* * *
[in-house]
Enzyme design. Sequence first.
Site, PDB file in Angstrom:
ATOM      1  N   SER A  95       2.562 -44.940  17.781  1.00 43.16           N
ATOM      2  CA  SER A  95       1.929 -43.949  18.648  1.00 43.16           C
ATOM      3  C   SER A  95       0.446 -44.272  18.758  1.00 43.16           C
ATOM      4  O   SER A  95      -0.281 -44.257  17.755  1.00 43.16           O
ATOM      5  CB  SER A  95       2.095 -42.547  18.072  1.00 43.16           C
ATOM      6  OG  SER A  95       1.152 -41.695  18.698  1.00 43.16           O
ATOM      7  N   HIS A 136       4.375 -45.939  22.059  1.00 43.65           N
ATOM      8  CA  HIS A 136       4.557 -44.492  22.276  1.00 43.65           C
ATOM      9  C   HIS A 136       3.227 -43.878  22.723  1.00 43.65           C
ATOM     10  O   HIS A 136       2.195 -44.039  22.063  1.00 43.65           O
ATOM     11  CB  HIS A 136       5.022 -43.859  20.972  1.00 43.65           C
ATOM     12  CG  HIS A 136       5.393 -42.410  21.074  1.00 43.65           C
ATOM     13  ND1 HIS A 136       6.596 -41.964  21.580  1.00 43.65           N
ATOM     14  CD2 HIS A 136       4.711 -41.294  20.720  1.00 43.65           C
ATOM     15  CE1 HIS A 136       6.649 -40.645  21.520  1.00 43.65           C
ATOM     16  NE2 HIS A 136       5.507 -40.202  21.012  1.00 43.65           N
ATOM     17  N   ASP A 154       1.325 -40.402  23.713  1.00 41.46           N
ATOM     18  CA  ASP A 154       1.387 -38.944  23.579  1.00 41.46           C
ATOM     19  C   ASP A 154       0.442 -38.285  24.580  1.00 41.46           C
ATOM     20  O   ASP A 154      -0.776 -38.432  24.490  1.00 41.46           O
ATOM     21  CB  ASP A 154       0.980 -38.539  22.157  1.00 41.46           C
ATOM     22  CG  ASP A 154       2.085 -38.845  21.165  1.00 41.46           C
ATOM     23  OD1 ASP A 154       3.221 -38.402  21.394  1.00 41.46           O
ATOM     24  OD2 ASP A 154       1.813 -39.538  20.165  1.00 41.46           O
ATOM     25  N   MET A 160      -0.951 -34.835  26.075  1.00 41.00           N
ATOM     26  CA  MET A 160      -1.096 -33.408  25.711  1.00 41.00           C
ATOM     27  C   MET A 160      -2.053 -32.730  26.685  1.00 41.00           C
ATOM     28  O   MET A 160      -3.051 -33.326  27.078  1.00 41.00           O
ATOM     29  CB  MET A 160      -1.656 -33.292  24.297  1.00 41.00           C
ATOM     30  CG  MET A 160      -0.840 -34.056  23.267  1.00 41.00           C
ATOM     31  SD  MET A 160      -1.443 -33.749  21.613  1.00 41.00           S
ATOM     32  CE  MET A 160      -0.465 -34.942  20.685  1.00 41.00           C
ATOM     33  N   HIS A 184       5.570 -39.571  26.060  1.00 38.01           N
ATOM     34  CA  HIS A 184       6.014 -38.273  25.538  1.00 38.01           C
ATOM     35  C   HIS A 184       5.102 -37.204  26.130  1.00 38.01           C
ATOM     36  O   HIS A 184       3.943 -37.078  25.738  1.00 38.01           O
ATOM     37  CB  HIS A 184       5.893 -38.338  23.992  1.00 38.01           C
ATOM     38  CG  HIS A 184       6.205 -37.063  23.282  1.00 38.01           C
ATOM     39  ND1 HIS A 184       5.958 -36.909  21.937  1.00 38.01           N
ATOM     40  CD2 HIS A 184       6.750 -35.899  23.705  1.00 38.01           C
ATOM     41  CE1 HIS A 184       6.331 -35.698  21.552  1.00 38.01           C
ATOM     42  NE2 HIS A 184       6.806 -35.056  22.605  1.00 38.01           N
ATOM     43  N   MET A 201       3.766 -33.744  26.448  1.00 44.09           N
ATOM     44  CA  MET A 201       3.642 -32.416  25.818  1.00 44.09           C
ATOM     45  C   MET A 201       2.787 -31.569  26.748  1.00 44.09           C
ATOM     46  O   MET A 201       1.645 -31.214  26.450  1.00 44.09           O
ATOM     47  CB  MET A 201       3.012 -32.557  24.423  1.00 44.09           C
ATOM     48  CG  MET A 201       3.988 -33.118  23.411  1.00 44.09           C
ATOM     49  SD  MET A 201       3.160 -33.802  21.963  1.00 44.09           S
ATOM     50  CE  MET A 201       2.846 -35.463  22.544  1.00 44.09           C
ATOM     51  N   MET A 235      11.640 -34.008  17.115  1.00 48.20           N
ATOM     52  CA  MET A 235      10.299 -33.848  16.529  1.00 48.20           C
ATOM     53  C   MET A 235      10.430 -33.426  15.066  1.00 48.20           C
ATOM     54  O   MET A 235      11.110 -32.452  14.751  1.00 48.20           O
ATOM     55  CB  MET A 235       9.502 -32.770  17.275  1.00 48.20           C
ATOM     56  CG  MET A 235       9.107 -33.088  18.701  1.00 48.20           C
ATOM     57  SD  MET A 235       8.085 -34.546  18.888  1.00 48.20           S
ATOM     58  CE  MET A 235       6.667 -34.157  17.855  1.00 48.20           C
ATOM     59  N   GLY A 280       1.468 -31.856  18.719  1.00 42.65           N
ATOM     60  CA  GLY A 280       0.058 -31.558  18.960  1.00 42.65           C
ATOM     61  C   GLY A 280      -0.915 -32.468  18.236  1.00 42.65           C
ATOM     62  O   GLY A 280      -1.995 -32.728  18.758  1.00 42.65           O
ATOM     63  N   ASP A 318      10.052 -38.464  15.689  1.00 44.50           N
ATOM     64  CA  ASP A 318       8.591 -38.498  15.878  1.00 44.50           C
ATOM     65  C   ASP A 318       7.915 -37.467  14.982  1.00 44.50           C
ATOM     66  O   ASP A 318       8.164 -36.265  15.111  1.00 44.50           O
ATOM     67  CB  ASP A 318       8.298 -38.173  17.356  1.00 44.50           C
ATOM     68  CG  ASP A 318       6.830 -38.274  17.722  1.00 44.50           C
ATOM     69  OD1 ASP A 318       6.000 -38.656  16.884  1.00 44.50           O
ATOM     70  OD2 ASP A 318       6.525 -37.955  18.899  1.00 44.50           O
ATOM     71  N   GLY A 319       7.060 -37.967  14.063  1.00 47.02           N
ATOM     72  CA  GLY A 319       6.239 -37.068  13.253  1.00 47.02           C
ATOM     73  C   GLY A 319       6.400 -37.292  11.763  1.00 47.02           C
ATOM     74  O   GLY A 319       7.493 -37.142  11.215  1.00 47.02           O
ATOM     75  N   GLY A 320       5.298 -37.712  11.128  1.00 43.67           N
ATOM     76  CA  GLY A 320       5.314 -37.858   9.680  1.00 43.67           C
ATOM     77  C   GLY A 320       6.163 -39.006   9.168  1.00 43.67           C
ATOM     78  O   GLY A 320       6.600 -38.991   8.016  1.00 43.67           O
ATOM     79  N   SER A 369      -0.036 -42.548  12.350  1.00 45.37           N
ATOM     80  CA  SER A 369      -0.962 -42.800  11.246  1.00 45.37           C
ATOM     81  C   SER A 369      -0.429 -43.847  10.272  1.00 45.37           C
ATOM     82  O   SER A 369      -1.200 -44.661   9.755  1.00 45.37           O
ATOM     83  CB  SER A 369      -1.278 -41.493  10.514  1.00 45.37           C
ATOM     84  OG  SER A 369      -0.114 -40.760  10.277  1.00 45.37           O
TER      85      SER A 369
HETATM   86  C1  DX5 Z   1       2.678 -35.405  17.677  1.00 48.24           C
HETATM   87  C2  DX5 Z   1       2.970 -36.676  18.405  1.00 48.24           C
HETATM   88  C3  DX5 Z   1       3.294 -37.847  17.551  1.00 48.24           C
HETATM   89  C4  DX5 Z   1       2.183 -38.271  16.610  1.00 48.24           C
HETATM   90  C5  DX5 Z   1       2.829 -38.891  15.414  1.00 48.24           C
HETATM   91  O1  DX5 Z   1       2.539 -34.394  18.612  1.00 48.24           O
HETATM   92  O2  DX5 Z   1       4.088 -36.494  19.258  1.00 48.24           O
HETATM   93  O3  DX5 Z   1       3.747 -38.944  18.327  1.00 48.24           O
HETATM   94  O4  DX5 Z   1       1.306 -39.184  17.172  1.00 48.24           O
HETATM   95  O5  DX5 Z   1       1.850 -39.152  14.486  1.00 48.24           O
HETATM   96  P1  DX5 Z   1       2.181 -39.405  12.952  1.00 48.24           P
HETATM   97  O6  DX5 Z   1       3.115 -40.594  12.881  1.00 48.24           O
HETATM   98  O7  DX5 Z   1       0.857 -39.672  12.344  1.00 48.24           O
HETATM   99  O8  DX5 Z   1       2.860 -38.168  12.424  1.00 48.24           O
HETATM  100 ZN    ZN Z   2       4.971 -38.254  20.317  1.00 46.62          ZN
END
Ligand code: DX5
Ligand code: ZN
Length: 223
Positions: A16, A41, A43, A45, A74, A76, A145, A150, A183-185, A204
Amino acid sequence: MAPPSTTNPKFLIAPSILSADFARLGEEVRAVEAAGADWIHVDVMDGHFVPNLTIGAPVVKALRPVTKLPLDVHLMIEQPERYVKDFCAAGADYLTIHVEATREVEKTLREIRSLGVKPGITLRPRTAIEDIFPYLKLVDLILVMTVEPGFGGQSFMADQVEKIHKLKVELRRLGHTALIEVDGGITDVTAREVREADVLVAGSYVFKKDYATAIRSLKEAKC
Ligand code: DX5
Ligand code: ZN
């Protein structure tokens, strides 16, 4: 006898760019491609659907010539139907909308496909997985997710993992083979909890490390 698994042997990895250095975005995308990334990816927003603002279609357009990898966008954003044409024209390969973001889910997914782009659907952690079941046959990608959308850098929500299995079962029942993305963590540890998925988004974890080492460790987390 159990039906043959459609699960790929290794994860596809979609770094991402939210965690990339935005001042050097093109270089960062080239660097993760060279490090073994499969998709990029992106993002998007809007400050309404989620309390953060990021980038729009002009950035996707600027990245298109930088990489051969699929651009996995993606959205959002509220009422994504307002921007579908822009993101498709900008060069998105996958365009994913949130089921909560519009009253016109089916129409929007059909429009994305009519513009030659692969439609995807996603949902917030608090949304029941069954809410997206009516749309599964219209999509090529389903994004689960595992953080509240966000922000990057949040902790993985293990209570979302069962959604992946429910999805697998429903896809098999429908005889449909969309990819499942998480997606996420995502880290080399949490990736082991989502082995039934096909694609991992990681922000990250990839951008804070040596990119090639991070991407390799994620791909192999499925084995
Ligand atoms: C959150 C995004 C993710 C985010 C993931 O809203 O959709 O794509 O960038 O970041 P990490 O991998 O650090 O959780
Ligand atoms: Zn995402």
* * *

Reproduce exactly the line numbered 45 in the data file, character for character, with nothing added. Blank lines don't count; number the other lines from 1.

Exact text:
ATOM     42  NE2 HIS A 184       6.806 -35.056  22.605  1.00 38.01           N